but first, let's prove this push notification system in a simpler CLI workflow.

Minimal ntfy Workflow

ntfy operates a free-to-use server for the push gateway component (i.e. the part that's normally routed through Apple/Google), so install the CLI package for the publish/subscribe portions and we can test a wake-on-notification setup trivially.

on your phone:


then determine the local port that ntfy process connected from with lsof -i4 -P, and create a wake condition for it:

# clear out previous rules
$ rtl8723cs-wowlan enable-clean
$ rtl8723cs-wowlan tcp --dest-port 1234
#^ replace 1234 with the port from `lsof`

then sleep the phone with rtcwake -m mem, and from another computer (or the ntfy web interface) send a notification:

$ ntfy pub TEST_WOWLAN_TOPIC "hello phone"

if all is well, your phone should awake and the ntfy sub command from earlier should have printed "hello phone"!

Hosting a ntfy instance

this part is optional. most applications which speak UnifiedPush provide an option to only send a summary (like "new Matrix message") instead of the actual contents, so you only really need to concern yourself with this if you want the control of self-hosting or are worried more specifically about metadata leaks.

NixOS ships options for hosting your own ntfy. use it like:

services.ntfy-sh.enable = true;

ntfy listens on port 2586 by default, so you can subscribe like ntfy sub MY_INSTANCE_ADDRESS:2586/TEST_WOWLAN_TOPIC, and use a wowlan rule that matches the source port instead of checking lsof manually: rtl8723cs-wowlan tcp --source-port 2586.

however, running it this way allows anyone to use your server. the easy way to overcome this is to treat the topic as a shared secret, and forbid use of any topic except your secret topic. naturally, that only works if you secure the connection so do all this behind a TLS-capable reverse proxy like nginx:

services.ntfy-sh.enable = true;

services.nginx.virtualHosts."MY.NTFY.HOST" = {
  forceSSL = true;
  listen = [
    { addr = ""; port = 2587; ssl = true; }
    { addr = ""; port = 443;  ssl = true; }
  locations."/" = {
    proxyPass = "";
    proxyWebsockets = true;  #< support websocket upgrades. without that, `ntfy sub` hangs silently
    recommendedProxySettings = true; #< adds headers so ntfy logs include the real IP
    extraConfig = ''
      # absurdly long timeout (86400s=24h) so that we never hang up on clients.
      proxy_read_timeout 86400s;

services.ntfy-sh.settings = {
  base-url = "https://MY.NTFY.HOST";
  behind-proxy = true;
  auth-default-access = "deny-all";
systemd.services.ntfy-sh.preStart = ''
  # note that this will fail upon first run, i.e. before ntfy has created its db.
  # just restart the service.
  ${pkgs.ntfy-sh}/bin/ntfy access everyone TEST_WOWLAN_TOPIC read-write

deploy that and subscribe to the https url this time. note the port change to 2587: you still want a unique port against which you can write a wowlan rule, and it's easier to put nginx on a new port than ntfy's default 2586.

if you're thorough, you might notice some spurious wakeups with this setup. ntfy sends keep-alive packets every 45 seconds, but that's no good for us! best is to decrease/disable those keep-alives. i'll revisit the topic of keep-alives & sleep durations near the end of this article.

services.ntfy-sh.settings.keepalive-interval = "30m";

Synapse (Matrix) ntfy integration

the Synapse Matrix server exposes an API for controlling its push behavior here. some of the larger clients, like Fluffychat, can be seen to host their own push gateways, which they point Synapse to via this API. presumably one could configure these clients to request a different push gateway (i.e. ntfy.sh, or your own instance from just above), either in the UI or with an edit to their source code. but if you have CLI admin access to Synapse, it's easier to do this generically from the CLI.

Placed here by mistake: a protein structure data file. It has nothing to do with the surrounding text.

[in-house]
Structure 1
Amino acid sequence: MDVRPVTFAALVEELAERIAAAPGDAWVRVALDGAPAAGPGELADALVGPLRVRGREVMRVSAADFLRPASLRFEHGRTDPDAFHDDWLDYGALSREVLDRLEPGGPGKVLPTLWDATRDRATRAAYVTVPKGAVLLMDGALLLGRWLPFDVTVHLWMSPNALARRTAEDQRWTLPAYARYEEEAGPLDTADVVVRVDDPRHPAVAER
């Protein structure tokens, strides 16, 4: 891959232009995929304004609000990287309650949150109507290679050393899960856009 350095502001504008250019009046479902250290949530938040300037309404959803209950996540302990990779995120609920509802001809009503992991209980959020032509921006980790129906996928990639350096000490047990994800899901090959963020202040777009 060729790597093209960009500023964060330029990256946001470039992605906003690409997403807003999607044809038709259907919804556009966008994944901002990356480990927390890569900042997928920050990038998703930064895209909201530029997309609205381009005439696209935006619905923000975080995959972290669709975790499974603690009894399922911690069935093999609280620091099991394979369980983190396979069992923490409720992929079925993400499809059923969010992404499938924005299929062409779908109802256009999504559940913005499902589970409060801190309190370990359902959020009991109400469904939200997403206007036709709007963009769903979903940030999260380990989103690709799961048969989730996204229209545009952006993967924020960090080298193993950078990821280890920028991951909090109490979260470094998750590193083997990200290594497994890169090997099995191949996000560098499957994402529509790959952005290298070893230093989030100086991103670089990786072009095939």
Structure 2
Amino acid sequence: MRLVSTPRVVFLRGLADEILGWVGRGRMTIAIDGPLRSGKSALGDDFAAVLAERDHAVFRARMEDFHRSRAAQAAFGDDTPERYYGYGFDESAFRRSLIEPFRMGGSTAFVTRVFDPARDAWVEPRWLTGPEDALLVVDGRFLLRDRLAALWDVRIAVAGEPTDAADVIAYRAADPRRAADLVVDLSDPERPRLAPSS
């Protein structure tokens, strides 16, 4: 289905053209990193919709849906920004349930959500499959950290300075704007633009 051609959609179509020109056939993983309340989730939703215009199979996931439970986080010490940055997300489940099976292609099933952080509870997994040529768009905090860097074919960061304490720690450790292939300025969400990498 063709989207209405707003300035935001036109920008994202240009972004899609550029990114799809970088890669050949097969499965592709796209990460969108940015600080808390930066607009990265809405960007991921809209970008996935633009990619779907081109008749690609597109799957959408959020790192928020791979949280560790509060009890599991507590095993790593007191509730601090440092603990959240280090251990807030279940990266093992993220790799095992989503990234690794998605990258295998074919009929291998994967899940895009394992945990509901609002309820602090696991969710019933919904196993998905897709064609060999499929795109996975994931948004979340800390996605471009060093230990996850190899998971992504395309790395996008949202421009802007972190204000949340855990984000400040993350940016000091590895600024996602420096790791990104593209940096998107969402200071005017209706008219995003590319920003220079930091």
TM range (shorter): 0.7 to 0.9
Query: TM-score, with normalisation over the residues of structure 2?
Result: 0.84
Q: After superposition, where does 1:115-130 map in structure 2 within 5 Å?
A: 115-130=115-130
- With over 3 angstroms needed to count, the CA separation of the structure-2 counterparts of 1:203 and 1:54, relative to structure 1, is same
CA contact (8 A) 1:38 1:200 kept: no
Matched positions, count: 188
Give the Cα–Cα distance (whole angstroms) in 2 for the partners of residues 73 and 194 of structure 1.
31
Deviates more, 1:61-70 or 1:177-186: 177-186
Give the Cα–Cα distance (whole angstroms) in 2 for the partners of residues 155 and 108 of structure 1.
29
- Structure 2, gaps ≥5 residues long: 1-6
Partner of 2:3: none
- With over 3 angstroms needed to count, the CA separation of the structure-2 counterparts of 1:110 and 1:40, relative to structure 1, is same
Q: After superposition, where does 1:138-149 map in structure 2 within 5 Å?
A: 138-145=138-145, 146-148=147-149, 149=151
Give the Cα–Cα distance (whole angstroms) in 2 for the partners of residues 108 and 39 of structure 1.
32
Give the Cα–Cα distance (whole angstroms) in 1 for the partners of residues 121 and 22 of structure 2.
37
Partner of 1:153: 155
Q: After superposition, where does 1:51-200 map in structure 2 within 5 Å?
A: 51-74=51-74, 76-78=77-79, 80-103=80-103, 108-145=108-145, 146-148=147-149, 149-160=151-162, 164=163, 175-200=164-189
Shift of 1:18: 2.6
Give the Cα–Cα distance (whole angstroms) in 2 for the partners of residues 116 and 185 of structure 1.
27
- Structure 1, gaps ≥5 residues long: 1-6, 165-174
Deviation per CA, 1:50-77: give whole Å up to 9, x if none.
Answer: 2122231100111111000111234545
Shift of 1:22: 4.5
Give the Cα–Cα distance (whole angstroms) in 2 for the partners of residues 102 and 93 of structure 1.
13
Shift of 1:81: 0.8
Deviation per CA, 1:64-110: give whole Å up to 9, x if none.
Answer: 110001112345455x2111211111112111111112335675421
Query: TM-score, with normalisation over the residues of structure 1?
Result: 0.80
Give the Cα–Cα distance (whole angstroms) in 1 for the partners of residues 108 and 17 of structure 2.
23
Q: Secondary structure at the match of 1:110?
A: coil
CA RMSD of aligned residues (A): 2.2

first, grab an auth token for your Matrix account. it looks like 6cC_a03Ty3sTfqvo3FS_x8vEjdvNsxyL5W4mm73 and can be found in Element's "Help & About" settings page.

then, with this token, open a CLI to wherever you host your synapse server and issue this command to see where it's currently sending notifications (if anywhere):

$  curl --header "Authorization: Bearer ACCESS_TOKEN" \
  localhost:8008/_matrix/client/v3/pushers \
  | jq .
  "pushers": [
      "app_display_name": "Element (iOS)",
      "app_id": "im.vector.app.ios.prod",
      "data": {
        "url": "https://matrix.org/_matrix/push/v1/notify",
        "format": "event_id_only",
        "default_payload": {
          "aps": {
            "mutable-content": 1,
            "alert": {
              "loc-key": "Notification",
              "loc-args": []
      "device_display_name": "iPhone",
      "kind": "http",
      "lang": "en-US",
      "profile_tag": "1Akvq5DDr159ANj9",
      "pushkey": "Bap1n7kqGzF9TuPkiDNDy9wW+cuvfDnxy7Cab7AMsIX="

now, add a new pusher for your ntfy service. this won't replace the existing settings, instead it'll cause push notifications to be sent to two locations simultaneously:

$ curl --header "Authorization: Bearer ACCESS_TOKEN" \
  --data '{ \
    "app_display_name": "ntfy-adapter", \
    "app_id": "ntfy.uninsane.org", \
    "data": { \
      "url": "https://MY.NTFY.HOST/_matrix/push/v1/notify", \
      "format": "event_id_only" \
    }, \
    "device_display_name": "ntfy-adapter", \
    "kind": "http", \
    "lang": "en-US", \
    "profile_tag": "", \
    "pushkey": "TEST_WOWLAN_TOPIC" \
  }' \

repeat the first query and you'll see both of these listed. to delete the new pusher, repeat the above curl command with kind set to null.

anyway, put your phone to sleep, have someone send you a message that Synapse would alert you on, and now your phone should awake!

Prosody (XMPP) ntfy integration

Prosody has mod_cloud_notify and XEP-0357, but at the time of writing, client support is wanting. easier is to hack it in server-side.

Prosody has a Lua-based module system, so we can just author our own mod_ntfy_push (available here or here), drop it in the modules directory, and then import it:

services.prosody.extraPluginsPath = [ ./folder/containing/mod_ntfy_push ];